Consonant Sounds – Phonemes – Post 17


ATTENTION PLEASE: if you are not reading this article in English, I highly recommend that you turn off the automatic translation on your browser. 


In the 16th post we saw how there may be a huge difference between the way English words are written and how they are actually pronounced. That happens because English spelling is not phonetic, meaning that the letters you read don’t represent the actual sounds of words.

Let’s have a couple of examples:

The word “queue” consists of two syllables, que-ue, but you will pronounce it /kjuː/, only one syllable. The same thing happens with the word “literature”, which consists of five syllables (li-te-ra-tu-re), but you will pronounce it /ˈlɪtrətʃəʳ/, only three syllables (ˈlɪ-trə-tʃəʳ). Let’s also have a look at the word “colonel”, composed of three syllables (co-lo-nel), which becomes /ˈkɜːnɫ/, only two syllables (ˈkɜː – nᵊɫ). There are plenty of similar examples in English.

If you want to speak English correctly, you need to know the phonemes. Phonemes are symbols that strictly represent the various sounds of words.

As we saw in the 16th post, there are five types of English phonemes: short vowels, long vowels, voiced consonants, unvoiced consonants, and diphthongs. In the previous post we analyzed the first two categories: short and long vowels. Now, we are going to see voiced and unvoiced consonants.

Voiced and Unvoiced Consonants

p – Pet /pet/ – Port /pɔːʳt/ – Peak /piːk/

b – (voiced) – Bar /bɑːʳ/ – Best /best/ – Boot /buːt/

t – Turtle /tɑːʳtɫ/ – Treat /triːt/ – Tool /tuːɫ/

d – (voiced) – Dentist /ˈdentɪst/ – Dull /dʌɫ/ – Dry /draɪ/

f – Fry /fraɪ/ – Fret /fret/ – Free /friː/

v – (voiced) – Voice /vɔɪs/ – Venom /ˈvenəm/ – Vast /vɑːst/

tʃ – Cheat /tʃiːt/ – Chunk /tʃʌŋk/ – Choice /tʃɔɪs/

dӡ – (voiced) – Joke /dӡəʊk/ – June /dӡuːn/ – Gender /ˈdӡendəʳ/

k – Court /kɔːʳt/ – Curtain /kɜːʳtn/ – Car /kɑːʳ/

g – (voiced) – Goose /guːs/ – Goal /gəʊɫ/ – Gale /geɪɫ/

s – Super /ˈsjuːpəʳ/ – Star /stɑːʳ/ – Step /step/

z – (voiced) – Zone /zəʊn/ – Zero /ˈzɪərəʊ/ – Zinc /zɪŋk/

ʃ – Show /ʃəʊ/ – Shallow /ˈʃæləʊ/ – Shock /ʃɒk/

ӡ – (voiced) – Genre /ˈӡɒnrə/ – Casual /ˈkæӡuəɫ/ – Pleasure /ˈpleӡəʳ/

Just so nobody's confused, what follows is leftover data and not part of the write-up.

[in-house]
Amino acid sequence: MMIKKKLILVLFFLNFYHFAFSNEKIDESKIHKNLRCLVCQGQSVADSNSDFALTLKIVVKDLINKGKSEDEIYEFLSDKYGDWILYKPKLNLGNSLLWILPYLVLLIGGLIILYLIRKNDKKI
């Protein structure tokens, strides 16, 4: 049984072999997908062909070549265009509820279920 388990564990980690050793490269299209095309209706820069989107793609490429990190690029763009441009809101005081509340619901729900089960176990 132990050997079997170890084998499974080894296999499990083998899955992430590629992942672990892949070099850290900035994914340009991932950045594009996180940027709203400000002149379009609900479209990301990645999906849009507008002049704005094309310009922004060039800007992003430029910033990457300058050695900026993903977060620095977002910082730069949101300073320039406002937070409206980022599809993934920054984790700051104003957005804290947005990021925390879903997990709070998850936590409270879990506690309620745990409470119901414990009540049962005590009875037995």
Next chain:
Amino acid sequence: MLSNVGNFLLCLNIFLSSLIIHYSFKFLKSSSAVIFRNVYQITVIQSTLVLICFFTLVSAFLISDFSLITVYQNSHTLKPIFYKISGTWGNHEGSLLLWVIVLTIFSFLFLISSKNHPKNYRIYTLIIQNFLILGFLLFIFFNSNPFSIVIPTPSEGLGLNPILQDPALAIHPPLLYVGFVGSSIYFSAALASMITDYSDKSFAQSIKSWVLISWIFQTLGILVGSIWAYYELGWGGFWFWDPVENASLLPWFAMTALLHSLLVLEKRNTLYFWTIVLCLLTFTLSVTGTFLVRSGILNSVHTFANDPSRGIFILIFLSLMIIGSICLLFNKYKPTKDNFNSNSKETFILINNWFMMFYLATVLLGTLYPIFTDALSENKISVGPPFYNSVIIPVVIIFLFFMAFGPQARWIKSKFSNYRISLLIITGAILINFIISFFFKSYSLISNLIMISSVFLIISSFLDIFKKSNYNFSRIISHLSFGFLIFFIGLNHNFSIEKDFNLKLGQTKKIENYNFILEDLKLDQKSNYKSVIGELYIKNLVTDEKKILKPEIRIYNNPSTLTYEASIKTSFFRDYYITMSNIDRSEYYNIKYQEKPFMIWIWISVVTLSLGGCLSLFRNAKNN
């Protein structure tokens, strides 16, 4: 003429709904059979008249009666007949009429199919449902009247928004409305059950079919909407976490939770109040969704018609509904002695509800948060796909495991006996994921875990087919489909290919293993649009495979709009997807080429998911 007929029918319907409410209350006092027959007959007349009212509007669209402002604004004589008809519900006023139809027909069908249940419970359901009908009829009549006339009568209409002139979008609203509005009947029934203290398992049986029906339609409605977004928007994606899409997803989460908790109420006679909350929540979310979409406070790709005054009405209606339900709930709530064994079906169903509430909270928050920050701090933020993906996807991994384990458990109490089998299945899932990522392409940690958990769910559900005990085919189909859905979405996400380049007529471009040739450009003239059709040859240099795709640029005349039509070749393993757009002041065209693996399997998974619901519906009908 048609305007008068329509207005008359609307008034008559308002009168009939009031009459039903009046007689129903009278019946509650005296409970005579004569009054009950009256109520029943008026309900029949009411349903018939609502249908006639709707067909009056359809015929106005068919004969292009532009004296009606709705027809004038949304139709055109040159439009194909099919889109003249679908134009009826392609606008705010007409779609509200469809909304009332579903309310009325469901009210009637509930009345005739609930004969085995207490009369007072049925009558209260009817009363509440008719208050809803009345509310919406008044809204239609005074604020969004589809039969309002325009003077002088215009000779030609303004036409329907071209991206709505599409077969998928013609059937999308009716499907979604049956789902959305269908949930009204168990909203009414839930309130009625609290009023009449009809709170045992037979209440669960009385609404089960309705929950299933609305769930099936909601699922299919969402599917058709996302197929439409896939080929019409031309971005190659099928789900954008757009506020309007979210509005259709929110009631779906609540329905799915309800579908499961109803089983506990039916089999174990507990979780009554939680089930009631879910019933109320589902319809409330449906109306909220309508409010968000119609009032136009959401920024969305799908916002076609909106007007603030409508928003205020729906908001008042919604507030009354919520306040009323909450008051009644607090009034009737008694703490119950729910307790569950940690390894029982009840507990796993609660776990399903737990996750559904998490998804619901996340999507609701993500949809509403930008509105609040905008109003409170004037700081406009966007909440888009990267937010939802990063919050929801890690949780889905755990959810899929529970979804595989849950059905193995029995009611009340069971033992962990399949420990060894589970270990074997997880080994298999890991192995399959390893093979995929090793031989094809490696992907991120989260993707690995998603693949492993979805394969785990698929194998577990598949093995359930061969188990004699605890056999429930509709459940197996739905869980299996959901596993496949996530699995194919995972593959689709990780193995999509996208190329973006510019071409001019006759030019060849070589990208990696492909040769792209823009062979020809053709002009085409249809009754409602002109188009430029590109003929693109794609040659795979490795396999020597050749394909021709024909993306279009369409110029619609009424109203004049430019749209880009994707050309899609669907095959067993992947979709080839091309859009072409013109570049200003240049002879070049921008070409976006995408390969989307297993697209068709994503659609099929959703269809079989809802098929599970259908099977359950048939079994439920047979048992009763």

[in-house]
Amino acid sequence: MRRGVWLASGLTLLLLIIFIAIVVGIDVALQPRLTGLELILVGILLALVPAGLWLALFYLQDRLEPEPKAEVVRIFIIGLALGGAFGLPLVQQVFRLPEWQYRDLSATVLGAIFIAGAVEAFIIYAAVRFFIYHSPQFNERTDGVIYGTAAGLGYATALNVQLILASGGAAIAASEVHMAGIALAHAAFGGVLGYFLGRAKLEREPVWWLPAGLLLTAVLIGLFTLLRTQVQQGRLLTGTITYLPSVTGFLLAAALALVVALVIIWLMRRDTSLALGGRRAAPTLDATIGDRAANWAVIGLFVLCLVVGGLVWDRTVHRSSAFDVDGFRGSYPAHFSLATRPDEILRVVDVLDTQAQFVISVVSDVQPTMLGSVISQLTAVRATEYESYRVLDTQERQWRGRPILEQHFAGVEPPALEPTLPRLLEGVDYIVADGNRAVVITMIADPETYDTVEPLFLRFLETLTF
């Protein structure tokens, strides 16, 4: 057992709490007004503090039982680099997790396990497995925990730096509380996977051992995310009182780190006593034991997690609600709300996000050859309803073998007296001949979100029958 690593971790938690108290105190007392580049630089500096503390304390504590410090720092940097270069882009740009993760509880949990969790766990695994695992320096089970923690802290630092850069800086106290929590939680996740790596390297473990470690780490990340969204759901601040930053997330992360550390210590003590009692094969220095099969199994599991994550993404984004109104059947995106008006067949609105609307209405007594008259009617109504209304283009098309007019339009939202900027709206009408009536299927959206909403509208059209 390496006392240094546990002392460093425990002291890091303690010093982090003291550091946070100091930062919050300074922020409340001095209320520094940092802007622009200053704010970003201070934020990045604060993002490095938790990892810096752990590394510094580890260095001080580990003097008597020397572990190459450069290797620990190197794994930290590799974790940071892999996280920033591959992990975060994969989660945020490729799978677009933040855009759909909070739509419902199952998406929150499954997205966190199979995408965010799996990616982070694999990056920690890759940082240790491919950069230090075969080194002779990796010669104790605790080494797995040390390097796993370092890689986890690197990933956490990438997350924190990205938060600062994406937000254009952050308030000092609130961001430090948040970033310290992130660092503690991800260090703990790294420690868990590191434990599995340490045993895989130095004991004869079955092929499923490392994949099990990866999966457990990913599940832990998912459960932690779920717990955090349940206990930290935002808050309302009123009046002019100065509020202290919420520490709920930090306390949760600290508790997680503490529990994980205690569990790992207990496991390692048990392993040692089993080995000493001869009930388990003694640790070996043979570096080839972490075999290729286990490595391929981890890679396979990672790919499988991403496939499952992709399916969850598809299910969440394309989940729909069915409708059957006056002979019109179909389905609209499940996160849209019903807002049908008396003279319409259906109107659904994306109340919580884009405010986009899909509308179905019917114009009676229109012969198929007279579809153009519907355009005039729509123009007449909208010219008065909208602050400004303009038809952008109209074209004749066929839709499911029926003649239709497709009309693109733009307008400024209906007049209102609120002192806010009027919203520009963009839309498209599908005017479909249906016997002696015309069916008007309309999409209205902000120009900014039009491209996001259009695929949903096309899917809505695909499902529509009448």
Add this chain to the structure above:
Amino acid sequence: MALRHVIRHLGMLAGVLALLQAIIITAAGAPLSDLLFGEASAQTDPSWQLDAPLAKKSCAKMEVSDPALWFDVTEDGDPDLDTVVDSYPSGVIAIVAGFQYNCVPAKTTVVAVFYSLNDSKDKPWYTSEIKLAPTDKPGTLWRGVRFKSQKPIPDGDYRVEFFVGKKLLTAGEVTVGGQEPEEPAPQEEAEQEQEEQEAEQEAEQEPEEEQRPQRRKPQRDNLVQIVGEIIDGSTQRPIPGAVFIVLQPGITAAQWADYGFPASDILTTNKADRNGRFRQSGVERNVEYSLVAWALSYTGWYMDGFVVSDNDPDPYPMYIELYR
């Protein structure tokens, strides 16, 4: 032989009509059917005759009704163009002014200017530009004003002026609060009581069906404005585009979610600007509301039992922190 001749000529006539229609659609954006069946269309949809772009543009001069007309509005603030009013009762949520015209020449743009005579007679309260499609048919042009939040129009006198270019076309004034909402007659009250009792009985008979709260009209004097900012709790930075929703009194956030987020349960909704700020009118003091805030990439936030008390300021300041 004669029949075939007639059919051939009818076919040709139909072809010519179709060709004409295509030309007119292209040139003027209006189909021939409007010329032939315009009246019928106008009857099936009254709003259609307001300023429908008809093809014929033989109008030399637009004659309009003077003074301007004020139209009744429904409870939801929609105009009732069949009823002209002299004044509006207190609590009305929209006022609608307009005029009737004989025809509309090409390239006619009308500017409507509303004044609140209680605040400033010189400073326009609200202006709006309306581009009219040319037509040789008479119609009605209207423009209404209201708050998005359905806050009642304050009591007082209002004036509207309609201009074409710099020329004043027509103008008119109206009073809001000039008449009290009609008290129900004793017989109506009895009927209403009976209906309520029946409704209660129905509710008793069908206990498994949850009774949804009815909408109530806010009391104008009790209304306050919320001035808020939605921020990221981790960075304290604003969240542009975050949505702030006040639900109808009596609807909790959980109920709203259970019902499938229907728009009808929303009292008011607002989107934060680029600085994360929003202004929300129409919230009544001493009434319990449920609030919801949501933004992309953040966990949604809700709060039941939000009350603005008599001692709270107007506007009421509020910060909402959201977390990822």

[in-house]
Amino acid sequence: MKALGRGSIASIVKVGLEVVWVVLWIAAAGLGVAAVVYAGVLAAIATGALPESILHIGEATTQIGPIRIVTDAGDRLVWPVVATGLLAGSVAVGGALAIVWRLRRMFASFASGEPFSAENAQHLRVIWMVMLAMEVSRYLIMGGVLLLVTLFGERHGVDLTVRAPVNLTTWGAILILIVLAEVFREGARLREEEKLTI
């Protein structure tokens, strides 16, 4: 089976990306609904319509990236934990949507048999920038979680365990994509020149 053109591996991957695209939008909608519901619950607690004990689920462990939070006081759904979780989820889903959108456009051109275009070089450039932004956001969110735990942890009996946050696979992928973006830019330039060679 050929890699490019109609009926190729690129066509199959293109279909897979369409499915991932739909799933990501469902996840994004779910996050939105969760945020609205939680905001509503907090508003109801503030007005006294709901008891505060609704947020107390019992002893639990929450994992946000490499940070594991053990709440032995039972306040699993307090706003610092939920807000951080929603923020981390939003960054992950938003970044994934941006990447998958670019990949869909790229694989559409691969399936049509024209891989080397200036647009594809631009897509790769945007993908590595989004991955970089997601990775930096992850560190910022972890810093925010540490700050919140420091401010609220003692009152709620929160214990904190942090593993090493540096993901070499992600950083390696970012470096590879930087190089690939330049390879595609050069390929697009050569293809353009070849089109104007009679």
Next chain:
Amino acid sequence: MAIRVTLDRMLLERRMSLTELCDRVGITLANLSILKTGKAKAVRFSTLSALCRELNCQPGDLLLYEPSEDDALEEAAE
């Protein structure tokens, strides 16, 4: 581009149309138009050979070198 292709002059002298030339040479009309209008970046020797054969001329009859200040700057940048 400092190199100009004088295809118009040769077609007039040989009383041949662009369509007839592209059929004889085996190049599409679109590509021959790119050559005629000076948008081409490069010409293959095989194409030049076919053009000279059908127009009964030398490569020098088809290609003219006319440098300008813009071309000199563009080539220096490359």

θ – Thick /θɪk/ – Thought /θɔːt/ – Thorough /ˈθʌrəʳ/

ð – (voiced) – Them /ðem/ – The /ðə/ or /ði/- Thus /ðʌs/

h – Hotel /həʊˈteɫ/ – Inhabitant /ɪnˈhæbɪtənt/ – Coherent /kəʊˈhɪərənt/

The following consonants are all voiced

ɫ – All /ɔːɫ/ – Altered /ˈɔːɫtəd/ – Alt /ɔːɫt/

l – Love /lʌv/ – Lane /leɪn/ – Let /let/

m – Moon /muːn/ – Mere /mɪəʳ/ – Mode /məʊd/

n – Nothing /ˈnʌθɪŋ/ – New /njuː/ – Nest /nest/

ŋ – Going /ˈgəʊɪŋ/ – Singing /ˈsɪŋɪŋ/ – English /ˈɪŋglɪʃ/

r – Rat /ræt/ – Red /red/ – Rocket /ˈrɒkɪt/

w – Twenty /ˈtwenti/ – Water /ˈwɔːtəʳ/ – Quiet /ˈkwaɪət/

j – Year /jɪəʳ/ – You /juː/ Yield /jiːɫd/


Vowel SoundsDiphthongsConnected Speech


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Vowel Sounds – Phonemes – Post 16


ATTENTION PLEASE: if you are not reading this article in English, I highly recommend that you turn off the automatic translation on your browser. 


English spelling is not phonetic. It means that the symbols you read do not match the actual sounds of words. So, unless you live in an English speaking country, you need to know the phonemes in order to discover how to pronounce every single word correctly.

There are five types of English phonemes—short vowels, long vowels, voiced consonants, unvoiced consonants, and diphthongs—and now we are going to see the first two categories.

Short and Long Vowel Sounds

æ – Act /ækt/ – Banister /ˈbænɪstəʳ/ – International /ɪntəˈnæʃnəɫ/

ʌ – Other /ʌðəʳ/ – Rugby /ˈrʌgbi/ – Butter /ˈbʌtəʳ/

ɑː – Smart /smɑːʳt/ – Ask /ɑːsk/ – Fast /fɑːst/

e – Correct /kəˈrekt/ – Exit /ˈeksɪt/ – Set /set/

ə – Afford /əˈfɔːʳd/ – Adapt /əˈdæpt/ Affair /əˈfeəʳ/ (“ə” is called the “schwa sound”, and it is a weak sound, meaning that you will never find it as part of a stressed syllable.)

ɜː – Her /hɜːʳ/ – Sir /sɜːʳ/ – Fur /fɜːʳ/

ɪ – Sick /sɪk/ – Thick /θɪk/ – Brick /brɪk/

i – Silly /ˈsɪli/ – Harmony /ˈhɑːʳməni/ – Funky /ˈfʌŋki/ (commonly used as the final sound of “ly” adverbs.)

– Week /wiːk/ – Peak /piːk/ – Bleak /bliːk/

ɒ – Not /nɒt/ – Pot /pɒt/ – Lot /lɒt/

ɔː – Thought /θɔːt/ – Core /kɔːʳ/ – More /mɔːʳ/

ʊ – Foot /fʊt/ – Put /pʊt/ – Wood /wʊd/

u – Do /du/ – You /ju/ – To /tu/ (“u” is a weak sound, you’ll find it in weak forms and weak syllables.)

– Food /fuːd/ – Cool /kuːɫ/ – Super /ˈsjuːpəʳ/


Consonant SoundsDiphthongsConnected Speech


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Thanks for visiting YouGrammar.com – By Marco Cossu